Shocking failures and inadequacies uncovered at child agency
Investigation into Tusla makes for ‘difficult reading’ says Katherine Zappone
The Health and Information Quality Authority investigated the management of allegations of child sexual abuse cases by the Child and Family Agency Tusla. Photograph: Alan Betson / The Irish Times
The Health and Information Quality Authority investigation into the management of allegations of child sexual abuse cases by the Child and Family Agency (Tusla) confined itself to systems but its finding were shocking.
Minister for Children Katherine Zappone described the report as “difficult reading” but that seemed a euphemism in the face of the full weight of the hard-hitting 308-page document.
The failures, gaps and inadequacies uncovered by the investigation team were striking. The handling of retrospective allegations against adults of concern, for example, raised the possibility that potentially serious risks of child abuse were being missed.
“The investigation team found that while Tusla focused on examining current risks to children, this often resulted in a lack of urgency in responding to retrospective allegations of abuse against adults of concern. This meant that children who are potentially at risk from adults who are alleged to have abused children in the past, and or who were convicted of child sexual abuse in the past, and who now have access to other children may be missed.”
The authority did commend the commitment of staff and social workers, particularly in cases where there was immediate risk. Against that, there was a litany of poor practice detailed throughout the report, including many instances where a named social worker had not been assigned to a case, unmanaged retrospective referrals, poor record-keeping, and inconsistent risk management arrangements.
Specifically, the Hiqa team looked at 164 cases reported as closed by Tusla. The investigators “could not establish if some of the cases reviewed were actually closed. Furthermore, the investigation team found cases which were inappropriately closed as there were outstanding child protection concerns”.
In terms of governance, it also found “potential poor performance (by staff) was not being detected or corrected”.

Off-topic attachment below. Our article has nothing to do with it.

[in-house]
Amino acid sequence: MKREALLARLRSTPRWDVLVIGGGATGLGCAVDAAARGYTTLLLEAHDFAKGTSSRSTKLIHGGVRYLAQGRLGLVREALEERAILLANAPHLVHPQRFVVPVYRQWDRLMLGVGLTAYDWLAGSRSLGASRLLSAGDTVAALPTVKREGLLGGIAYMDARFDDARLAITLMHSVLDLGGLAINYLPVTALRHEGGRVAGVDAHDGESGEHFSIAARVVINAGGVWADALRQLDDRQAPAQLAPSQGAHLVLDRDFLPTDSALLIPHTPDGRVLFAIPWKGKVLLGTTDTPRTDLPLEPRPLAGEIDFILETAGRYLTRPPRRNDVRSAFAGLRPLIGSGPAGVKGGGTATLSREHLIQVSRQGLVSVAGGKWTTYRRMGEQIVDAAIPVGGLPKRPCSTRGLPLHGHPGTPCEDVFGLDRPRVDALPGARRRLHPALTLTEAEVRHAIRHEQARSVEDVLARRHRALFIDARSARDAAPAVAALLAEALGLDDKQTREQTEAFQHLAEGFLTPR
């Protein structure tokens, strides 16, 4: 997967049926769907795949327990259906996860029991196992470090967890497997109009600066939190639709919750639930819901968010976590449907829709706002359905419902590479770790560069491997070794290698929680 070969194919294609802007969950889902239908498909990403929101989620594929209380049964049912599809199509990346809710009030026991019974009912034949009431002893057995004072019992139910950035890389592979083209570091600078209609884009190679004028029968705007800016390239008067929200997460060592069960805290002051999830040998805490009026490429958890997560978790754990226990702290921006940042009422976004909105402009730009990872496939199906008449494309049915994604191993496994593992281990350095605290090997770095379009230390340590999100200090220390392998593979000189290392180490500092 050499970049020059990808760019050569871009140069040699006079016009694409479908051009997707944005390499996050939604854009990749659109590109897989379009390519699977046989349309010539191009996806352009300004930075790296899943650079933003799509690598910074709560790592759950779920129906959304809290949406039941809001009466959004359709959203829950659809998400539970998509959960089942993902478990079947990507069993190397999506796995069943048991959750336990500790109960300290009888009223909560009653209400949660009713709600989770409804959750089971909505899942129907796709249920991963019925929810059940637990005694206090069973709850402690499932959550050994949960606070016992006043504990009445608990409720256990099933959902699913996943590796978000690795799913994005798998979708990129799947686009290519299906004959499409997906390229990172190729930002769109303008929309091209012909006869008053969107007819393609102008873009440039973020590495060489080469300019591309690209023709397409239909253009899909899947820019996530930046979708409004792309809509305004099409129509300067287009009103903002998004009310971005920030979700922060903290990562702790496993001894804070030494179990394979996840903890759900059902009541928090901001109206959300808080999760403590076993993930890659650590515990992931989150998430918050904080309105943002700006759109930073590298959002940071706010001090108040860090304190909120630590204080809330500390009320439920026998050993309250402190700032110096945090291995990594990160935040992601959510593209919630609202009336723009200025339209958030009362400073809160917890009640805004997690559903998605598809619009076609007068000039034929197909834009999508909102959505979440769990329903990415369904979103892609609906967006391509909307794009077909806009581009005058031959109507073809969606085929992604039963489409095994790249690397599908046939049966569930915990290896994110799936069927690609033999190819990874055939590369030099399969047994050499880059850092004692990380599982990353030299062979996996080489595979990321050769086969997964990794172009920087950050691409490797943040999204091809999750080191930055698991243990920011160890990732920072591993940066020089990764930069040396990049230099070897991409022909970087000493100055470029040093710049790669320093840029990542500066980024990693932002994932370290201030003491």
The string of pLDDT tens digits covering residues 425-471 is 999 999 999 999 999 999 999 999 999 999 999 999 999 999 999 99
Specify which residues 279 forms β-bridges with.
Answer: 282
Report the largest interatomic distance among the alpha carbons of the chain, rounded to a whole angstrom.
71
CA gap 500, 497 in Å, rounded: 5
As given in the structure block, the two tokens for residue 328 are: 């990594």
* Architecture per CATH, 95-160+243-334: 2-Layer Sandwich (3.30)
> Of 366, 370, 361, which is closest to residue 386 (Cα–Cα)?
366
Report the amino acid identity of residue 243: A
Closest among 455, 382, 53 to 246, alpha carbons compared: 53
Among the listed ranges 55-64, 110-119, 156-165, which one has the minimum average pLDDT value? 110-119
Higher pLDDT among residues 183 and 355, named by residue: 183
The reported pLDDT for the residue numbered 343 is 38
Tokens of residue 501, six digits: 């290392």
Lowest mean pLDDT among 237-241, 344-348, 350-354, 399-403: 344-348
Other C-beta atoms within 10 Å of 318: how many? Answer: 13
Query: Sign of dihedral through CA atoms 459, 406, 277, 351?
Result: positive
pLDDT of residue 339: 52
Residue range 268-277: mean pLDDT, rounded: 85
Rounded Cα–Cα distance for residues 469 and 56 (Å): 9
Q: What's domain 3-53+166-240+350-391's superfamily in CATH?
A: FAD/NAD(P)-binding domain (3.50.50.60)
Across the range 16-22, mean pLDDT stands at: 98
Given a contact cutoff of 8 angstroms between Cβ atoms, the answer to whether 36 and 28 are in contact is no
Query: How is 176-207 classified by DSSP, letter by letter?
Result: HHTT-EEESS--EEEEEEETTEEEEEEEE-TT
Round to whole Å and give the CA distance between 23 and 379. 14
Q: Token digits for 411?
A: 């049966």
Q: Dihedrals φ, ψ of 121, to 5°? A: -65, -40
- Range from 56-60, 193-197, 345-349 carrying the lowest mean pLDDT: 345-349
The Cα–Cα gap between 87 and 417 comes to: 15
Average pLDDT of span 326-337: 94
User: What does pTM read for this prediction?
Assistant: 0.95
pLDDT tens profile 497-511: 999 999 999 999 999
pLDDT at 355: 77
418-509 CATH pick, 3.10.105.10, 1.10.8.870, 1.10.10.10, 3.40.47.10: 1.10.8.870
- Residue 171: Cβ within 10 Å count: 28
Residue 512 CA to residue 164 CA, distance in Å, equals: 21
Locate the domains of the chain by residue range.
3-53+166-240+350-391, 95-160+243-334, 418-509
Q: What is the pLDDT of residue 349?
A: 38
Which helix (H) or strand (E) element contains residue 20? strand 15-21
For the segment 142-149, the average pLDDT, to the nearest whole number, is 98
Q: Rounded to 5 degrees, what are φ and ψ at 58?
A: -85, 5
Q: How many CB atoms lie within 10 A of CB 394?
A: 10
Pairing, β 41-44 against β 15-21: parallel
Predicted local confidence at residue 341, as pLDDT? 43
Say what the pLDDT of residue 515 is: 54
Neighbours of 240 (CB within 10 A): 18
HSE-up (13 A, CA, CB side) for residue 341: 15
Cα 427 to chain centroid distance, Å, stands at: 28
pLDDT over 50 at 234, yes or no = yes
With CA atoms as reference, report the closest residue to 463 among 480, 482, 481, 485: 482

How did this translate at the highest levels? The report gave little comfort to its executives or board: “At a regional and corporate level within Tusla, there was evidence of insufficient oversight… Therefore, there is a system-wide risk in delivering a consistent and sustainable child protection and welfare service.”
Some of these failures were exposed by the cack-handed management by Tusla of the unfounded allegations made against Maurice McCabe.
The clear implication, as disclosed by Hiqa, is that these failures and gaps left vulnerable and at risk children without adequate protection.
Sense of urgency
The political response from Ms Zappone was to give assurance that all of the recommendations would be implemented with a huge sense of urgency. She has directed Tusla to produce an action plan and has appointed Dr Moling Ryan to chair an independent group that will ensure those changes are being made.
Ms Zappone also partly defended Tusla, pointing out it was just four years old and is born of a difficult merger of different organisations and cultures. She also stressed several times that the agency has begun tackling many of the core failures even before the completion of the fieldwork by investigators. “They will continue with a greater sense of urgency,” she said.
That said, when asked could such failures occur again, she gave a heavily qualified answer, reflecting the very serious concerns raised.
“I believe that it is significantly less likely as we move towards the implementation of the recommendations,” she said.
But she added that because of the way “adults continue to behave towards children in our country, we never can be absolutely sure”.